Leaked documents point towards a controversial move by the American NSA (National Security Agency) in monitoring blockchain activity, hinting at the importance placed by the government there on Bitcoin and other blockchain assets.
Snowden leaks have shown the blockchain community that surveillance remains at the top of US agenda. It hardly comes as a surprise to most, understanding that governments do and will always have a vested interest in monetary transactions and where that money ends up.
Using a protocol called “MonkeyRocket” NSA analysts were able to find a vulnerability which enabled them to track down senders and receivers of Bitcoin. This all to aid their mission of looking at organized crime and cyber targets that utilize online e-currency services for illicit activities, despite Bitcoin providing users access to a certain degree of anonymity.
The Snowden leaks indicated that examining public transaction ledger (Blockchain) was just the tip of the iceberg, with the NSA obtaining and storing sensitive data, such as the users MAC addresses, users passwords, network ports, and timestamps.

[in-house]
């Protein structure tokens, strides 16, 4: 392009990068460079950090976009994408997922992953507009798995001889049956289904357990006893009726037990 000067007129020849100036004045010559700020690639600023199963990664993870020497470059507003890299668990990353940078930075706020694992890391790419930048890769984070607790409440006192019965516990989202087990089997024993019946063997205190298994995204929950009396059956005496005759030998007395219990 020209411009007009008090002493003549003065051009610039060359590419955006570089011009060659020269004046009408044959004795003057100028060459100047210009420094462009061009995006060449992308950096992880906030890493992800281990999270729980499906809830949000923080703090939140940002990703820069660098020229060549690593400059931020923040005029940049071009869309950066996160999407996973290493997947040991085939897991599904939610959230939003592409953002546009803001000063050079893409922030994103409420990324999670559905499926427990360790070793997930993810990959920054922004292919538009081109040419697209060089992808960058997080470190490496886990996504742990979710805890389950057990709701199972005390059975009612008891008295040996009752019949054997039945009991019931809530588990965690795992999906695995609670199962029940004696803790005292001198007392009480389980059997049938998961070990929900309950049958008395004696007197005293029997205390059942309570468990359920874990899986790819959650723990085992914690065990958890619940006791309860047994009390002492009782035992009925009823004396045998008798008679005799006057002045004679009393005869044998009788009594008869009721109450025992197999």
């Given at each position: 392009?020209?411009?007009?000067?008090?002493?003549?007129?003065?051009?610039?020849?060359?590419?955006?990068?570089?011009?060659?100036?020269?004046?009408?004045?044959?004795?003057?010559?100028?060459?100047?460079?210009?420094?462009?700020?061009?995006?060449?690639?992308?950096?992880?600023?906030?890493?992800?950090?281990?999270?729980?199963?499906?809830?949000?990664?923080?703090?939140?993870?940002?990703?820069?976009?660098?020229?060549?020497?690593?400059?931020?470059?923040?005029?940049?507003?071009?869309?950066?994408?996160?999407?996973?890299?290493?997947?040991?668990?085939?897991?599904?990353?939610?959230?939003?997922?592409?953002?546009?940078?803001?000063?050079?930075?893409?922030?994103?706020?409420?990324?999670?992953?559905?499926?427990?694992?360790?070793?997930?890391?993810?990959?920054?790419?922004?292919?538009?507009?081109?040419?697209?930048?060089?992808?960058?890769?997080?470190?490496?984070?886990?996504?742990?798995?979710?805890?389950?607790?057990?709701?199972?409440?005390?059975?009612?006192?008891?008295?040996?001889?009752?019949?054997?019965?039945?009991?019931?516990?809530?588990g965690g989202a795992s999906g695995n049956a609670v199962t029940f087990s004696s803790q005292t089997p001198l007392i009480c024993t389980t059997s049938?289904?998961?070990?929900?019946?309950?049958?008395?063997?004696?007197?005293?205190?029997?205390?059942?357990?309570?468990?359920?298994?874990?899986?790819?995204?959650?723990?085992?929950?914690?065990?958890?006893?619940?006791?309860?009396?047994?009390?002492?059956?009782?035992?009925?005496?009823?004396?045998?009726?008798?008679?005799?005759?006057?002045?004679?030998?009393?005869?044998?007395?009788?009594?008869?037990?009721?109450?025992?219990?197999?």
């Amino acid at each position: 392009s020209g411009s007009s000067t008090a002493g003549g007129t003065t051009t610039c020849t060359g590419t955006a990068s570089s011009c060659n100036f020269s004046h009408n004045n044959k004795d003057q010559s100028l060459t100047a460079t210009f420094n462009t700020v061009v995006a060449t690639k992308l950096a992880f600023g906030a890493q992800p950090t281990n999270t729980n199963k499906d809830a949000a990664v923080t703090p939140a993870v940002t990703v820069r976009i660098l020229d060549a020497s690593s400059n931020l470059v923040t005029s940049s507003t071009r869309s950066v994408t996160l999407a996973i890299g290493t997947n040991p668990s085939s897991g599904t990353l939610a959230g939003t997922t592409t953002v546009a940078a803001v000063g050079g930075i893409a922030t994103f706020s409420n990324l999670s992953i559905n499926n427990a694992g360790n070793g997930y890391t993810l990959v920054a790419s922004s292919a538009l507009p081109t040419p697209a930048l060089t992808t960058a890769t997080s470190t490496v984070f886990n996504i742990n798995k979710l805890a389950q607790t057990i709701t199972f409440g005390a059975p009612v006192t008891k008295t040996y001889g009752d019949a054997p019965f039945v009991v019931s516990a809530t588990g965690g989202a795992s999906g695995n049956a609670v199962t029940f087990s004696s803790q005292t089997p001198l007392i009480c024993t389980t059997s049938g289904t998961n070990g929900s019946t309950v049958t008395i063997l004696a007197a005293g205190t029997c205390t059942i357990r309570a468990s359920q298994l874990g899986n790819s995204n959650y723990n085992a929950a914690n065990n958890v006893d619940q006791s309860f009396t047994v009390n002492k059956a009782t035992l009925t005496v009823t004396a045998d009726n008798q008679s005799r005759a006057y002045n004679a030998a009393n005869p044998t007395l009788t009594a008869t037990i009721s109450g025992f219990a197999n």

The documents suggest that Bitcoin users were being targeted for mass surveillance, giving weight to the claim that the NSA was not just using their MonkeyRocket, but using the infamous XKeyScore system. The XKeyScore system is one of the most intrusive methods on the planet and covers the entire globe with the widest of reaches. NSA analysts require no prior authorization for the collection of online data.
Snowden stated in the Guardian:“I, sitting at my desk, could wiretap anyone, from you or your accountant to a federal judge or even the president, if I had a personal email… Analysts can also use XKeyscore and other NSA systems to obtain ongoing “real-time” interception of an individual’s internet activity.”
The NSA is adamant on suppressing Bitcoin users, as part of a counter-terrorism advance, monitoring their transactions, while subverting their privacy. The source of Bitcoin and Liberty Reserve monitoring, MonkeyRocket, has been governed by overseas surveillance authority known as “EXECUTIVE ORDER 12333”. The order was signed on 4 December 1981 by then-president Ronald Reagan; it was intended to extend powers and responsibilities of US intelligence agencies and direct leaders of the US and federal agencies to cooperate fully with CIA requests for information.